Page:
It now appears that the full Senate will be voting on this bill on Monday, February 7. Please take a moment and call or email you State Senator. Contact information for each Senator can be found here. Just fill in the information. When the second page pops up, click on the name of your Senator. This will take you to his/her contact page where you can find phone numbers and either an email address or a link to the Senator's web mail form.
Tell your Senator to urge postponement of consideration. Senators need to know there is a pro-choice majority in PA and that a vote for passage of this bill is both unnecessary and dangerous for women!!
Additional background and talking points are listed below.
Background on SB 3
Senate Bill 3 will deny insurance plans participating in the insurance exchange from covering abortion services except in the cases where the pregnancy was caused by rape or incest, or where the life of the woman is in danger. These exceptions to receive abortion coverage are very narrow.
• Victims of rape must personally report the incident to the police and must identify the assailant, if known. Victims of incest must personally report the incident to law enforcement and identify the offender.Note that this legislation is not necessary. The question of whether abortion will be covered in federally subsidized insurance exchanges has already been settled. In response to concerns raised by US Senator Ben Nelson, a staunch opponent of abortion, women who want to use their own money to purchase a health insurance plan that covers abortion services must send a separate payment so the funding for abortion coverage is completely separate and paid entirely by the individual.
• There is no exception made for catastrophic health situations such as paralysis, organ failure and infertility.
What are the consequences of this bill if it becomes law?
• The passage of SB 3 will continue to marginalize abortion service from the regulation and oversight of the medical and insurance industry. Pennsylvania law should support the provision of safe, legal abortion and not stigmatize the procedure and push it into the hands of dangerous practitioners who threaten and endanger women’s lives and health.
• An estimated 80% of private insurance plans currently cover abortion services. If legislation banning abortion coverage in the state insurance exchange passes, it will dramatically change the status quo for abortion services in Pennsylvania by taking coverage away from thousands of women who may enroll in the state insurance exchange
Stories from Pennsylvania Women
These are some real-life stories of how women would be negatively affected if this ban becomes law (FYI, these stories that were provided by the Women’s Medical Fund to the Pennsylvanians for Choice Coalition). Under a ban like Senate Bill 3, these women would not be able to receive abortion services if participating in the Pennsylvania health insurance exchange.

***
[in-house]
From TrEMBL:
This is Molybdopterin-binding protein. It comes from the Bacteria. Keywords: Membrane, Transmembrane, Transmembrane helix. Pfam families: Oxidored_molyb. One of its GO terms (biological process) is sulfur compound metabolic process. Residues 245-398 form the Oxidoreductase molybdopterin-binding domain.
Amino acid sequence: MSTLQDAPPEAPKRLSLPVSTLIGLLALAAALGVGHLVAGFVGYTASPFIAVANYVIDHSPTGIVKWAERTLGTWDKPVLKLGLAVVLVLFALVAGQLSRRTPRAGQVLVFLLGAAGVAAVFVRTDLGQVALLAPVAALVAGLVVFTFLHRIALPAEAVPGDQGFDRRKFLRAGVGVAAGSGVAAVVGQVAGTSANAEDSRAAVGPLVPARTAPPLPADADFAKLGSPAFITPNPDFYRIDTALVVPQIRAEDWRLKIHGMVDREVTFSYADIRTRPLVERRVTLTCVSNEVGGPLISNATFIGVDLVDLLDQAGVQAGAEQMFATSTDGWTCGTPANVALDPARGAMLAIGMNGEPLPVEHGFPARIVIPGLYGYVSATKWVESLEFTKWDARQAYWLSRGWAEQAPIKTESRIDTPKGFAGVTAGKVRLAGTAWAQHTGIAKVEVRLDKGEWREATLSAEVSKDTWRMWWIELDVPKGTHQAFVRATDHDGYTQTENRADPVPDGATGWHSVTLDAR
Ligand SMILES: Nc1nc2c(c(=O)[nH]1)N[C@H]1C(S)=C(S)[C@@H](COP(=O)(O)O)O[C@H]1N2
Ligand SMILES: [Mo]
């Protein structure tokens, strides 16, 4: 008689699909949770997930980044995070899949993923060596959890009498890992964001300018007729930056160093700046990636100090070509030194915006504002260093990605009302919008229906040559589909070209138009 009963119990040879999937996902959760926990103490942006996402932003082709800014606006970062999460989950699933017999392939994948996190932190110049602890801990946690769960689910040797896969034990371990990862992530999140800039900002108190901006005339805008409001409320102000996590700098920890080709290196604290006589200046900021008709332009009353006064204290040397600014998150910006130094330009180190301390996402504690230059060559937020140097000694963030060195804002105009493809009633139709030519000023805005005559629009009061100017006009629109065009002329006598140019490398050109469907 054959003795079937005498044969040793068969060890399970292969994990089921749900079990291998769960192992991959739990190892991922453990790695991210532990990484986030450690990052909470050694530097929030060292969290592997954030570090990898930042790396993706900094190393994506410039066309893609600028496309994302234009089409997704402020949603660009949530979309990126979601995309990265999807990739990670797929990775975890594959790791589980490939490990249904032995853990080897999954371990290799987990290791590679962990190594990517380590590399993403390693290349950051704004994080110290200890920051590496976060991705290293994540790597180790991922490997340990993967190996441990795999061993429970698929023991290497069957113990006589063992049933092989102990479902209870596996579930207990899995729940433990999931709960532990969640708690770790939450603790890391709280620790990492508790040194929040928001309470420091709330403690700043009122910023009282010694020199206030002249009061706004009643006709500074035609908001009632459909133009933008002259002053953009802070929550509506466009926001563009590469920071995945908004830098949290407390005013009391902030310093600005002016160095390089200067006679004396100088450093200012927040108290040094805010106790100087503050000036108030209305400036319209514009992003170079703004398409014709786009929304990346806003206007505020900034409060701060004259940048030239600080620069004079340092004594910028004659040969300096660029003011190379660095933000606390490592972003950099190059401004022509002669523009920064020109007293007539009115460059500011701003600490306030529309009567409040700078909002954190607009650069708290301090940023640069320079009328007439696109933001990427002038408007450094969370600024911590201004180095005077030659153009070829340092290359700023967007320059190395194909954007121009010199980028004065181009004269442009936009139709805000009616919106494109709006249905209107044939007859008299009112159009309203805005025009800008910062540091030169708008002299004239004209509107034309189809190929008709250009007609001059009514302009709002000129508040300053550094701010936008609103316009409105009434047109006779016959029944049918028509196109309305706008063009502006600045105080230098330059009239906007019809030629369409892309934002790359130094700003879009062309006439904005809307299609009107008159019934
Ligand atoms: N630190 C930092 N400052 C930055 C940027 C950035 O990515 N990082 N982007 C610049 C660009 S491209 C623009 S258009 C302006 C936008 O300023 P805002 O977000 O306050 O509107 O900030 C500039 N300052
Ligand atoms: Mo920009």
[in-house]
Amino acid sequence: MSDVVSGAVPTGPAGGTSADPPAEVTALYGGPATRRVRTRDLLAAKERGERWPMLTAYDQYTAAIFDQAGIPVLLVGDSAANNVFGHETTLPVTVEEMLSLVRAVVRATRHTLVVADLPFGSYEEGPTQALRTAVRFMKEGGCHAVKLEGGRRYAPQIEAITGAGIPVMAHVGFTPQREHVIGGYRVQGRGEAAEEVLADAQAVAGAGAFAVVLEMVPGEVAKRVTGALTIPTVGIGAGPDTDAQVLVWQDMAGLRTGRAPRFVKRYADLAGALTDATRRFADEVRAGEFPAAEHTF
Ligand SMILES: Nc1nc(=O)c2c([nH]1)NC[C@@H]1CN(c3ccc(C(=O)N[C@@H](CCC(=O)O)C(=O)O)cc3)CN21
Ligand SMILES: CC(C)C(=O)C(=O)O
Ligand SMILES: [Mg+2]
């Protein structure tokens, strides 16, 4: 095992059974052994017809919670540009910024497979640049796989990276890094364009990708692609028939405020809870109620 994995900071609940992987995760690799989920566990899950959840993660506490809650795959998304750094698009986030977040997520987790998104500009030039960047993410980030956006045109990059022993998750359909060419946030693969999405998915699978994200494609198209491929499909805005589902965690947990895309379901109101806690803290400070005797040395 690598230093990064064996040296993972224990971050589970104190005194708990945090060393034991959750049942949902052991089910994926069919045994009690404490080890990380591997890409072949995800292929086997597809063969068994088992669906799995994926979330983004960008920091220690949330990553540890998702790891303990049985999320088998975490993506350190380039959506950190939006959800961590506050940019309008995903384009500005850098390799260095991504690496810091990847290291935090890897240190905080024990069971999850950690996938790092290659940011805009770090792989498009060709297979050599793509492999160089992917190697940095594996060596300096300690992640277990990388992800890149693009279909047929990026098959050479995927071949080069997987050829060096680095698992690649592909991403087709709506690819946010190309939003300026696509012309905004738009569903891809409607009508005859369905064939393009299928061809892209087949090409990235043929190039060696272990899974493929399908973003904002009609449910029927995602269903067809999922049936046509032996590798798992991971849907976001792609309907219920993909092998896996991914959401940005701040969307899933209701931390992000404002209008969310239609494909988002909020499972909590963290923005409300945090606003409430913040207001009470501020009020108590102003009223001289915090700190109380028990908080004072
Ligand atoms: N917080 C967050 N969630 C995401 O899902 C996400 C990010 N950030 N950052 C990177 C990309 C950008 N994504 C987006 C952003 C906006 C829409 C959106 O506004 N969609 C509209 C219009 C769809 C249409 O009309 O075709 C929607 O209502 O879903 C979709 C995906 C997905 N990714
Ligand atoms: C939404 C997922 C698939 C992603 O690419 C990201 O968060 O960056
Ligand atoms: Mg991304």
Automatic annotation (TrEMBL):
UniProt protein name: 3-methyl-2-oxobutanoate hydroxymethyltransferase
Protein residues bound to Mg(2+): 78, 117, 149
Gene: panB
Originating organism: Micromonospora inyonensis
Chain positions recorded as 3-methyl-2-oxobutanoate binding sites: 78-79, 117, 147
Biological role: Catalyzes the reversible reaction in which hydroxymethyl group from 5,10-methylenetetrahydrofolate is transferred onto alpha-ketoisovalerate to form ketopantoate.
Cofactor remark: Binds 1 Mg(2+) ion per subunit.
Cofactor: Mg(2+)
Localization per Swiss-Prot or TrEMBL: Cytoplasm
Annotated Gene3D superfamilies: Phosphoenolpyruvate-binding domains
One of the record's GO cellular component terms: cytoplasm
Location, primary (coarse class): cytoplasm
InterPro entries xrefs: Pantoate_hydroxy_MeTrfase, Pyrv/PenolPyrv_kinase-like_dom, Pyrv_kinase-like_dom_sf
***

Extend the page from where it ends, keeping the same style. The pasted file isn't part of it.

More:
H.D. is a young woman with two children. She makes $1,300 per month as a home health aide. Because the person whom she cares for has been hospitalized, she has had no income for a month. She was behind in her rent and feared eviction.Once again, here's the link to your Senator's office. Please act today! Thank you!
At age 2, Sarah underwent chemotherapy and surgery for bladder cancer. Now an adult woman with a wanted pregnancy, Sarah found out her bladder has a new lesion on it that can’t be treated while she is pregnant. She is also at risk for kidney conditions that pregnancy can worsen. She and her physicians reluctantly decided that she must terminate her pregnancy to save her health.
Q.M. is 30 years old and has two young children. She supports her family with welfare payments of $400 per month. Her fiancé just suffered a stroke and will need to be in rehab for many months. She contacted us from his bedside at the hospital. With sadness, Q.M. decided that this was not the right time to take on the responsibility of parenting another child.
G.L. is a sophomore at a suburban college living at home with her alcoholic and abusive mother and her little brother. Although her mother helps with college tuition, G.L. must cover her other expenses with savings from her summer job. She feared her mother would become violent if she turned to her for help with an abortion.
L.B. is a 30-year-old woman with a school-aged daughter. A few months ago, she was laid off from her job at a medical office. Since then, unable to find another job, she enrolled in SNAP (food stamps) and is spending down her savings account to pay her rent and other living expenses. L.B. had been using a hormonal contraceptive, so she was surprised to find herself pregnant.
R.B. is a 27-year-old woman who works as a community organizer. She suffered date rape at a party; someone slipped drugs into her drink and then assaulted her.